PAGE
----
What surprised me most about John Donne was that he was literally contemporaneous with Shakespeare. While Shakespear used thousands of odd words in his writing and it remains obscure to our modern eye, the writing of Donne is High Church or something like that and is identifiable as modern English. I had long assumed some discernable progression in modern English over the past four centuries but his poetry says otherwise once you modernize the spelling.
I now wonder who spoke modern English in the time of Chaucer? He was a mere 150 years before.
John Donne deserves much more respect and commentary because he really was contemporaneous with that pivotal epoch in which Shakespeare and hte King James Bible both arose.
The Showing Forth of Christ
By John Donne
DECEMBER 12, 2021
John Donne was born in 1572 in London, England. In 1621 he became dean of Saint Paul’s Cathedral. Best known for his vivacious, compelling style and thorough examination of mortal paradox, John Donne died in London in 1631.
The whole life of Christ was a continual Passion; others die martyrs but Christ was born a martyr. He found a Golgotha, where he was crucified, even in Bethlehem, where he was born; for to his tenderness then the straws were almost as sharp as the thorns after, and the manger as uneasy at first as the cross at last. His birth and his death were but one continual act, and his Christmas day and his Good Friday are but the evening and morning of the same day. And as even his birth is his death, so every action and passage that manifests Christ to us is his birth, for Epiphany is manifestation. Every manifestation of Christ to the world, to the Church, to a particular soul is an Epiphany, a Christmas day.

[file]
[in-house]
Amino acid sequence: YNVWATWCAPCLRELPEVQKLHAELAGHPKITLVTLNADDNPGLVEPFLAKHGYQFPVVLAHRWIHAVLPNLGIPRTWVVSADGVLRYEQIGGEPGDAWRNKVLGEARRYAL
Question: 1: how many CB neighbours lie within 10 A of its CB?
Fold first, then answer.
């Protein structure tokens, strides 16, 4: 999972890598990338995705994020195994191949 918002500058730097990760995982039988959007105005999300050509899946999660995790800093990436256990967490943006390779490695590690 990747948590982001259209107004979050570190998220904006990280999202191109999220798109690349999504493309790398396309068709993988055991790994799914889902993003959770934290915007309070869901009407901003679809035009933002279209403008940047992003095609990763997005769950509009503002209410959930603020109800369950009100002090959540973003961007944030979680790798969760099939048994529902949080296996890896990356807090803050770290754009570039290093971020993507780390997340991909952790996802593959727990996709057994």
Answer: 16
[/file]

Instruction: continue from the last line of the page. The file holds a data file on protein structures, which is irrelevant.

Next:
Now there is nowhere a more evident manifestation of Christ than in that which induced this text, “Lord now lettest thy servant depart in peace …” It had been revealed to Simeon, whose words these are, that he should see Christ before he died. And actually, and really, substantially, essentially, bodily, presentially, personally he does see him. So it is Simeon’s Epiphany, Simeon’s Christmas day. So also this day, in which we commemorate and celebrate the general Epiphany, the manifestation of Christ to the whole world in his birth, all we, we who besides our interest in the universal Epiphany and manifestation implied in the very day, have this day received the Body and Blood of Christ in his holy and blessed Sacrament, have had another Epiphany, another Christmas day, another manifestation and application of Christ to ourselves. The Church prepares our devotion before Christmas day with four Sundays in Advent, which bring Christ nearer and nearer to us and remind us that he is coming to enable us by a further examination of ourselves to depart in peace, because our eyes have seen his salvation …
Lord, now lettest thou thy servant depart in peace, according to thy word: for my eyes have seen thy salvation. —Luke 2:29–30
To be able to conclude that you have had a Christmas day, a manifestation of Christ in your souls, you shall have a whole Good Friday, a crucifying and an “it is finished,” a measure of corrections, and joy in those corrections. You shall have temptations, and a Resurrection and an Ascension, an inchoation and an unremovable possession of heaven itself in this world. Make good your Christmas day, that Christ be born in you, and he who died for you will live with you all the year, and all the years of your lives, and inspire into you, and receive from you at the last gasp, this blessed acclamation, “Lord now lettest thou thy servant depart in peace …”
Simeon waited, says the story, and he waited for the consolation of Israel. And all that God had said should be done was done, for as it is said, “It was revealed unto him, by the Holy Ghost, that he should not see death before he had seen the Lord’s Christ,” and now he had seen that salvation. Abraham saw this before, but with the eye of faith, and yet rejoiced to see it so, he was glad even of that. Simeon saw it, too … but he saw it with the eye of hope. Of such hope Abraham had no such ground; no particular hope, no promise that he should see the Messiah in his time. Simeon had, and yet he waited, he attended God’s leisure. But hope deferred maketh the heart sick (says Solomon). But when that which is desired comes, it is a tree of life. His desire was come; he saw his salvation.
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